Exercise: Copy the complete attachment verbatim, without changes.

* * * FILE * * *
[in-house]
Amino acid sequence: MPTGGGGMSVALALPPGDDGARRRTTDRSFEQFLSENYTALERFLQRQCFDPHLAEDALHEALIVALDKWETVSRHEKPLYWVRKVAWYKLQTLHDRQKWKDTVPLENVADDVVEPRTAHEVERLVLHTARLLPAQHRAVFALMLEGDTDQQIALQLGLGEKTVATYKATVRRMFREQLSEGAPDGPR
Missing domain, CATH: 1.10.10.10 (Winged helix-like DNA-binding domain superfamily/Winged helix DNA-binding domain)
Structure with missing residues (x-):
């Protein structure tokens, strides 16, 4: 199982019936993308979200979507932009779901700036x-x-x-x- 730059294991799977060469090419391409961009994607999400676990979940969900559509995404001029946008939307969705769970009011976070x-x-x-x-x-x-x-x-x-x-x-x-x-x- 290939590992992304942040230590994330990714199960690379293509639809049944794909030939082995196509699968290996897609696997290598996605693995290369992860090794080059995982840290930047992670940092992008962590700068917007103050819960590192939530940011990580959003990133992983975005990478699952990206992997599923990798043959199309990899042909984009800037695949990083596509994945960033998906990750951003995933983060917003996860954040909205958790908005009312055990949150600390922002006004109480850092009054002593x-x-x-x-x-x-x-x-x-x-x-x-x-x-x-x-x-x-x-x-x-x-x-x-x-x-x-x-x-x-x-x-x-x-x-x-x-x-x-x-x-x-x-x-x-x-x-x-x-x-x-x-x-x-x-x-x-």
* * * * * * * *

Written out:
[in-house]
Amino acid sequence: MPTGGGGMSVALALPPGDDGARRRTTDRSFEQFLSENYTALERFLQRQCFDPHLAEDALHEALIVALDKWETVSRHEKPLYWVRKVAWYKLQTLHDRQKWKDTVPLENVADDVVEPRTAHEVERLVLHTARLLPAQHRAVFALMLEGDTDQQIALQLGLGEKTVATYKATVRRMFREQLSEGAPDGPR
Missing domain, CATH: 1.10.10.10 (Winged helix-like DNA-binding domain superfamily/Winged helix DNA-binding domain)
Structure with missing residues (x-):
């Protein structure tokens, strides 16, 4: 199982019936993308979200979507932009779901700036x-x-x-x- 730059294991799977060469090419391409961009994607999400676990979940969900559509995404001029946008939307969705769970009011976070x-x-x-x-x-x-x-x-x-x-x-x-x-x- 290939590992992304942040230590994330990714199960690379293509639809049944794909030939082995196509699968290996897609696997290598996605693995290369992860090794080059995982840290930047992670940092992008962590700068917007103050819960590192939530940011990580959003990133992983975005990478699952990206992997599923990798043959199309990899042909984009800037695949990083596509994945960033998906990750951003995933983060917003996860954040909205958790908005009312055990949150600390922002006004109480850092009054002593x-x-x-x-x-x-x-x-x-x-x-x-x-x-x-x-x-x-x-x-x-x-x-x-x-x-x-x-x-x-x-x-x-x-x-x-x-x-x-x-x-x-x-x-x-x-x-x-x-x-x-x-x-x-x-x-x-």